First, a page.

A U.K. inquiry into the 2006 killing of Alexander Litvinenko confirmed on Thursday what many had already suspected: the former Russian spy was likely deliberately poisoned with polonium 210. Here’s how:
Polonium 210, the most common isotope of the radioactive element polonium, is one of the most toxic substances known. It is 10,000 times more toxic than hydrogen cyanide and 5,000 times more radioactive than radium. Marie Curie won the Nobel Prize in 1911 for discovering polonium (and radium), but her daughter died after accidentally being exposed to it in a laboratory explosion. A dose of just one microgram — one millionth of a gram — can kill a human. Experts at the inquiry into Litvinenko’s death estimated his teapot was laced with at least 50 micrograms. Because it is so radioactive, polonium 210 generates a lot of heat, which would have been masked by the hot tea.
Polonium 210 ejects alpha particles, a particularly high-energy form of radiation, but one which cannot penetrate surfaces as thin as a sheet of paper. Intact skin is enough to stop the damaging particles, so polonium 210 is only toxic if it is ingested or inhaled. Once it is inside the body, however, the alpha particles wreak havoc, depositing huge amounts of energy into living tissue and causing widespread cell death. The pathologists who conducted Litvinenko’s autopsy skipped some tests for fear of contaminating themselves; one called the procedure “one of the most dangerous post-mortem examinations ever undertaken in the Western world.”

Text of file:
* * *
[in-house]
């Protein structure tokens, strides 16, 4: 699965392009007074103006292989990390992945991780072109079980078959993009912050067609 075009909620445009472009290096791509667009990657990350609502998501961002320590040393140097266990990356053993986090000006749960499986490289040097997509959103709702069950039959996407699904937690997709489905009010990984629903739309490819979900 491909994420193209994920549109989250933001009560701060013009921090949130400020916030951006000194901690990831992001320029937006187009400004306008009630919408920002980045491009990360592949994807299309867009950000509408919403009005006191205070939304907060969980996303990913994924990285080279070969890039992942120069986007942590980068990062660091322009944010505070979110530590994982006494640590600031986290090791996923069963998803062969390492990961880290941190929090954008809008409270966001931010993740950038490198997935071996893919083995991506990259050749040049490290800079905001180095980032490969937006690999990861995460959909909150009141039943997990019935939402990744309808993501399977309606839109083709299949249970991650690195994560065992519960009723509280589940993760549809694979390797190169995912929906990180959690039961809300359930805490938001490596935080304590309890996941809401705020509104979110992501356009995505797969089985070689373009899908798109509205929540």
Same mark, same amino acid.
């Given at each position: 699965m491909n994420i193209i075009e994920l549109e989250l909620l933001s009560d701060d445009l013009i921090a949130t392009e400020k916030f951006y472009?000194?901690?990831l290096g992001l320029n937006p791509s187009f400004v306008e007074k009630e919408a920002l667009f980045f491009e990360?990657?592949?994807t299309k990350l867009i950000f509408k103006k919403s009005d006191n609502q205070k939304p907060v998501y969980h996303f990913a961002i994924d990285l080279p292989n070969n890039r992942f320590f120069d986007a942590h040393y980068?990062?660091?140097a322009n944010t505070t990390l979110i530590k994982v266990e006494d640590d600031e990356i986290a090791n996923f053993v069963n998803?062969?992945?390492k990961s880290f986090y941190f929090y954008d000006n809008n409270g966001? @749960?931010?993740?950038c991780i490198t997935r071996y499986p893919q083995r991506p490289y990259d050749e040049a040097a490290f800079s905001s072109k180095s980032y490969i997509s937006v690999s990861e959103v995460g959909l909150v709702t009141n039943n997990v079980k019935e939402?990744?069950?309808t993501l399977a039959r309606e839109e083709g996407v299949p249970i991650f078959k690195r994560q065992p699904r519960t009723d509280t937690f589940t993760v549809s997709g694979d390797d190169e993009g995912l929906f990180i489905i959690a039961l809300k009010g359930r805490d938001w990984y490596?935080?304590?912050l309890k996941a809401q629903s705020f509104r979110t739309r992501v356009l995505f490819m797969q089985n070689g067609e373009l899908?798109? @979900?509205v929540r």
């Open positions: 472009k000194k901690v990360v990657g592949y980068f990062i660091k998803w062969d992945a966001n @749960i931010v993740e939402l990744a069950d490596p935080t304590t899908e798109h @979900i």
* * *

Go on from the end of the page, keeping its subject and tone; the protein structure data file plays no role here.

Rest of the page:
After a victim ingests polonium 210, the U.S. Centers for Disease Control and Prevention says half or more of the substance would travel to the gastrointestinal tract and be excreted. The rest would travel the bloodstream and concentrate in soft tissues — primarily the kidneys, spleen and liver — and in bone marrow. Vomiting, pain and severe internal bleeding would occur within hours, and death within weeks. Litvinenko’s wife testified that her husband fell horribly ill the same night he drank tea with two Russian men at the Millennium Hotel’s Pine Bar. He died 22 days later of multiple organ failure, including heart and bone marrow failure.
Polonium 210 is found naturally in the environment. We are continually exposed to trace amounts of it through air, water and even our food (smokers have higher concentrations in their bodies, because polonium 210 accumulates in tobacco plants.) But the isotope is only commercially available in minute quantities. To manufacture a large enough dose of polonium 210 to poison someone requires sophisticated equipment. Inquiry experts agreed that the quantity of polonium that Litvinenko ingested could only be created by bombarding bismuth, another element, with neutrons in a nuclear reactor. Though one expert disagreed, another testified that the only facilities with those capabilities are in Russia.
After Litvinenko’s death, investigators found traces of polonium 210 all over the Pine Bar. They also found traces on a passport photo of one of the Russian men Litvinenko met, in hotel rooms they rented, at restaurants they visited and aboard British Airways aircraft flying the London-Moscow route. The news caused a minor panic as thousands of Brits jammed the U.K.’s National Health Service hotline, wondering if they had been poisoned too. 787 people were offered urine tests. A fraction of them were found to have been exposed to the polonium 210, but the investigators concluded the public health risks from the Litvinenko incident were low.